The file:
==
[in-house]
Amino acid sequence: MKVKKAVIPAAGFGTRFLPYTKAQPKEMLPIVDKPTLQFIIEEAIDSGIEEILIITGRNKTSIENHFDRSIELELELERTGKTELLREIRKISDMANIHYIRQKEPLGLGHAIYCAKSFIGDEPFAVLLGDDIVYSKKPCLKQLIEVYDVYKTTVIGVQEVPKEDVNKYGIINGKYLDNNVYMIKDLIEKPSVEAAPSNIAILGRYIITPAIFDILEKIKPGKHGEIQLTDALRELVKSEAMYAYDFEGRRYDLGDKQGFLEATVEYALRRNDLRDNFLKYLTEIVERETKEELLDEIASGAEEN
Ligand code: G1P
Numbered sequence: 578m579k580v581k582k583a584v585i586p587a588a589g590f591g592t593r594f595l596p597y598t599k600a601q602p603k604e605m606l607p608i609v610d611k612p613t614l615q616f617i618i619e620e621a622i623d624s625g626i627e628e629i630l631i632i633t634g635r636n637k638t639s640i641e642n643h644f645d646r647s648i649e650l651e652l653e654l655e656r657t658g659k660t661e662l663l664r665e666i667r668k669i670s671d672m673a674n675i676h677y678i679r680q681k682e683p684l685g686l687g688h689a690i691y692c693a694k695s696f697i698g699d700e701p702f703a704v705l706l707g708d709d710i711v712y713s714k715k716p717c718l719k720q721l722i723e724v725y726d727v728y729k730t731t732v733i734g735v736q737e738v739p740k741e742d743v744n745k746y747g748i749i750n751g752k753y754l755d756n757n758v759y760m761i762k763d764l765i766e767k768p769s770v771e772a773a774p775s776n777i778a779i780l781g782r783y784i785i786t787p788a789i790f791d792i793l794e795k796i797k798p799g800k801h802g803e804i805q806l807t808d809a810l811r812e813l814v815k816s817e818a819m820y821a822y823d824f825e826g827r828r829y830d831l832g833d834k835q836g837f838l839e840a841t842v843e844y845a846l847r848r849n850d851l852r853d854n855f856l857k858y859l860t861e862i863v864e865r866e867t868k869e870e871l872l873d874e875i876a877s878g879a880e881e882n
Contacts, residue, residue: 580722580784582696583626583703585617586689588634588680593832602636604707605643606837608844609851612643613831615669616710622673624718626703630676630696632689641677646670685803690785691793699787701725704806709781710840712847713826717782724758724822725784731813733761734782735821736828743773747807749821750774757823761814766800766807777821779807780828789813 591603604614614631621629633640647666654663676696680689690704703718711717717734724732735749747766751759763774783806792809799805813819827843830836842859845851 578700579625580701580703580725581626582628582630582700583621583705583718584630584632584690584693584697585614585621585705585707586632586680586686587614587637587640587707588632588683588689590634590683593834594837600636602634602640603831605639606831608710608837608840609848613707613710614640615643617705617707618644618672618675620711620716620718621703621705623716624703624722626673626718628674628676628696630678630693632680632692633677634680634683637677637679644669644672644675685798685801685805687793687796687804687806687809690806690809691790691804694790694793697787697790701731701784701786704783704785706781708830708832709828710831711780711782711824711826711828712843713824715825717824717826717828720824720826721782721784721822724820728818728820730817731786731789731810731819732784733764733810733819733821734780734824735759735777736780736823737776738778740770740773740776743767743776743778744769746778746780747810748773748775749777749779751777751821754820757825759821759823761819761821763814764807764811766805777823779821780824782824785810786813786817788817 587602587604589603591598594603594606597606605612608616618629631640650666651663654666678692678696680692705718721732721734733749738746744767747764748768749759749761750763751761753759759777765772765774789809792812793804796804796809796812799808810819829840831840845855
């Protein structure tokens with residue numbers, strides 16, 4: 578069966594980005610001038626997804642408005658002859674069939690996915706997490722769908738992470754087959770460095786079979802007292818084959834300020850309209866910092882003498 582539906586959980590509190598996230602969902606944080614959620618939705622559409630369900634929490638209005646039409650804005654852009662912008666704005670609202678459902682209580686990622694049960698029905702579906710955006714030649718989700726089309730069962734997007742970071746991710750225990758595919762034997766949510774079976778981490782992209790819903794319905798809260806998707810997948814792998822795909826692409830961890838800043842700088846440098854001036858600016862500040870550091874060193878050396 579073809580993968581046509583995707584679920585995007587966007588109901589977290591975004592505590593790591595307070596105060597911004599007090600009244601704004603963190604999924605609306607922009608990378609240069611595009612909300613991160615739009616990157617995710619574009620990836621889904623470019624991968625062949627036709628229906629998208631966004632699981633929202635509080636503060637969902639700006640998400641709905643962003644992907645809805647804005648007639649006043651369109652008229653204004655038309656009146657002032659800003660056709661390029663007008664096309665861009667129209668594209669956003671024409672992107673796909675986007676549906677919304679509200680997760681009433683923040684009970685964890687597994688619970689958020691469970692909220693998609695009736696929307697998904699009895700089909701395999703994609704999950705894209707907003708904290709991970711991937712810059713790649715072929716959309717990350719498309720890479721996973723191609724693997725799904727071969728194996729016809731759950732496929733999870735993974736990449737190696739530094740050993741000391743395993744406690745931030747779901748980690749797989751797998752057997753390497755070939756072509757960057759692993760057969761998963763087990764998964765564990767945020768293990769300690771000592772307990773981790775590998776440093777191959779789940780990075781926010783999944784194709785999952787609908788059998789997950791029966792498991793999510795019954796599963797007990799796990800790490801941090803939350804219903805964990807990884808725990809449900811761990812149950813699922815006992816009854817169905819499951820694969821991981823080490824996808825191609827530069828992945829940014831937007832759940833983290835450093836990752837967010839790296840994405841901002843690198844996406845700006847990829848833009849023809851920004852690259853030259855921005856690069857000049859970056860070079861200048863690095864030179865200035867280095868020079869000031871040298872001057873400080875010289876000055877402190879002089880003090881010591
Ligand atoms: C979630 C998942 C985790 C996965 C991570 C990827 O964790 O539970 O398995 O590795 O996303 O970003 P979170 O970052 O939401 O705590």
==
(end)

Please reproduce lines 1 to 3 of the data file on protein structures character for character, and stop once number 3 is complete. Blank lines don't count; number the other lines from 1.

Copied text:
[in-house]
Amino acid sequence: MKVKKAVIPAAGFGTRFLPYTKAQPKEMLPIVDKPTLQFIIEEAIDSGIEEILIITGRNKTSIENHFDRSIELELELERTGKTELLREIRKISDMANIHYIRQKEPLGLGHAIYCAKSFIGDEPFAVLLGDDIVYSKKPCLKQLIEVYDVYKTTVIGVQEVPKEDVNKYGIINGKYLDNNVYMIKDLIEKPSVEAAPSNIAILGRYIITPAIFDILEKIKPGKHGEIQLTDALRELVKSEAMYAYDFEGRRYDLGDKQGFLEATVEYALRRNDLRDNFLKYLTEIVERETKEELLDEIASGAEEN
Ligand code: G1P